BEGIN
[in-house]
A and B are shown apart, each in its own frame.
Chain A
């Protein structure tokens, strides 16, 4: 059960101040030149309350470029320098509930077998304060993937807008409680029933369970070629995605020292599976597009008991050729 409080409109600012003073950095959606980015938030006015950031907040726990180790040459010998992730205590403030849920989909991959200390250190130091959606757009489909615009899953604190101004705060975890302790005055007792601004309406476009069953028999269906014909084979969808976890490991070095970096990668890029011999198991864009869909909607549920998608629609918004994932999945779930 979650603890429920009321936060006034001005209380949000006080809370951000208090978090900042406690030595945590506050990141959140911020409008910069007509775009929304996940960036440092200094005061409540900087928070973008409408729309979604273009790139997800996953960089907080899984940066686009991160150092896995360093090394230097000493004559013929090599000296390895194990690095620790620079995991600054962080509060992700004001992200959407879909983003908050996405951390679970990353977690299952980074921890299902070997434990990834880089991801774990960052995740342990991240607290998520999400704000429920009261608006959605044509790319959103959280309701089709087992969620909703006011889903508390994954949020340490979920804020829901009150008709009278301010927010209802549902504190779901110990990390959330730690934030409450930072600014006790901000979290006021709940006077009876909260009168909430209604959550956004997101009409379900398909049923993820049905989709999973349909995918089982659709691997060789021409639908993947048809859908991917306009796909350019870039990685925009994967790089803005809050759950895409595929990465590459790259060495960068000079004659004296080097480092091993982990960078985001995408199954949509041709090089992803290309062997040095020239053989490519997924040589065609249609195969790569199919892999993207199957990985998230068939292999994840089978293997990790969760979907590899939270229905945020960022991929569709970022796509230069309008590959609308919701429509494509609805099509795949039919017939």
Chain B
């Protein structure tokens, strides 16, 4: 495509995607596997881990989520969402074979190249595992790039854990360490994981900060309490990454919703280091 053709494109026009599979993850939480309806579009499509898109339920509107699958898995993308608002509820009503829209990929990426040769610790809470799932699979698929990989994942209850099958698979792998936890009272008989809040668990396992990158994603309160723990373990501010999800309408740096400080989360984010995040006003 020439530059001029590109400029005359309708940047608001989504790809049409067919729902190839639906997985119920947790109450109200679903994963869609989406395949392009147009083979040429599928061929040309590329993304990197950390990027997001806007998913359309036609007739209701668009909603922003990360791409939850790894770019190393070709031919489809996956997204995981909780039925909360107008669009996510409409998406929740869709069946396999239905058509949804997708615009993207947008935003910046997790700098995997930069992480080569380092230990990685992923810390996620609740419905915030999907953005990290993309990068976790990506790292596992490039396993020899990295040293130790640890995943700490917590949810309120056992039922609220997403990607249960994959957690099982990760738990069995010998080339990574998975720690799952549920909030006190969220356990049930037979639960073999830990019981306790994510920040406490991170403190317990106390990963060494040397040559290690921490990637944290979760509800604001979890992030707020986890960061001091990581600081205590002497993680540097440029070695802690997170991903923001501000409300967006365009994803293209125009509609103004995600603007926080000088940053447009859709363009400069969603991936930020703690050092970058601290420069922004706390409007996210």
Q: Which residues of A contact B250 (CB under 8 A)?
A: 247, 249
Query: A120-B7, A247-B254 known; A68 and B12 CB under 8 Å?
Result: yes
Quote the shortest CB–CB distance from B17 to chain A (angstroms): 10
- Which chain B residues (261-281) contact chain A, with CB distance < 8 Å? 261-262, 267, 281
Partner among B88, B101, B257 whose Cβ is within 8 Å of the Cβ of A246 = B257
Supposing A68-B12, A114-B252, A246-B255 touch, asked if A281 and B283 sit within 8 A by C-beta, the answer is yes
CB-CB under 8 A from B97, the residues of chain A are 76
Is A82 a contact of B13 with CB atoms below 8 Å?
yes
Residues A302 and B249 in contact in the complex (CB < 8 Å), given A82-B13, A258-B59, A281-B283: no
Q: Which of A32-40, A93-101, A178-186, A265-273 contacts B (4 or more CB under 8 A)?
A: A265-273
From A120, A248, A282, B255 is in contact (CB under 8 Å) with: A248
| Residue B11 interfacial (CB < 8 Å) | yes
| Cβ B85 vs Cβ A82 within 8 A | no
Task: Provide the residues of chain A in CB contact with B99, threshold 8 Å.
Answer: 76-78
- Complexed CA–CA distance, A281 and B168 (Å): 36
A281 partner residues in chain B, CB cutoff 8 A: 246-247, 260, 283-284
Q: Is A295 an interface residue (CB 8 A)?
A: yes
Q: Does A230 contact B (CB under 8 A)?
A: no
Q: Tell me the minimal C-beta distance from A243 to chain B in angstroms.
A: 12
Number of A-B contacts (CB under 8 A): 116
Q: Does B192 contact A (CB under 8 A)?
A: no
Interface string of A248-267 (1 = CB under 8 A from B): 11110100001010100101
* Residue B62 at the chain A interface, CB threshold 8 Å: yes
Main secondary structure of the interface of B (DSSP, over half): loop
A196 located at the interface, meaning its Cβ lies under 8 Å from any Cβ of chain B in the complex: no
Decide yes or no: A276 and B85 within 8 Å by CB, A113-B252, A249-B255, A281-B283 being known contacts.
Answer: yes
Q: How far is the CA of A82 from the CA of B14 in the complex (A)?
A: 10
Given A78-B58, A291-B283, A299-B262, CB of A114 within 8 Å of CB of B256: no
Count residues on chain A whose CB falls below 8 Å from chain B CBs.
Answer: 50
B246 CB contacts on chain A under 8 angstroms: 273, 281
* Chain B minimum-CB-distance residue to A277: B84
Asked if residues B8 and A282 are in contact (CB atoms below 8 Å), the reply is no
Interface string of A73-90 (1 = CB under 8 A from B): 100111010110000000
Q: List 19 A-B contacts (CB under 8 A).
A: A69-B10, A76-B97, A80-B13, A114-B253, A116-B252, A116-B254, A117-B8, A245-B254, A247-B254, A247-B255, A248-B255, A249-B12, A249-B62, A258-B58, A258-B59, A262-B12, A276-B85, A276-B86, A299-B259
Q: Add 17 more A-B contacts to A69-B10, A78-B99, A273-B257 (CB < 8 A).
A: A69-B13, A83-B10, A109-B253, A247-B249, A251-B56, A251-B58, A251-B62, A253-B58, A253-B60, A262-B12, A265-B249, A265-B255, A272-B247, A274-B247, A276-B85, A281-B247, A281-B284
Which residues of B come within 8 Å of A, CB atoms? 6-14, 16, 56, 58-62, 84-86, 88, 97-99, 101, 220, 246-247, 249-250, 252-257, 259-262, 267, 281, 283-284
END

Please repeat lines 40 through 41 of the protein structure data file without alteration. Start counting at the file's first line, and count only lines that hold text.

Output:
A196 located at the interface, meaning its Cβ lies under 8 Å from any Cβ of chain B in the complex: no
Decide yes or no: A276 and B85 within 8 Å by CB, A113-B252, A249-B255, A281-B283 being known contacts.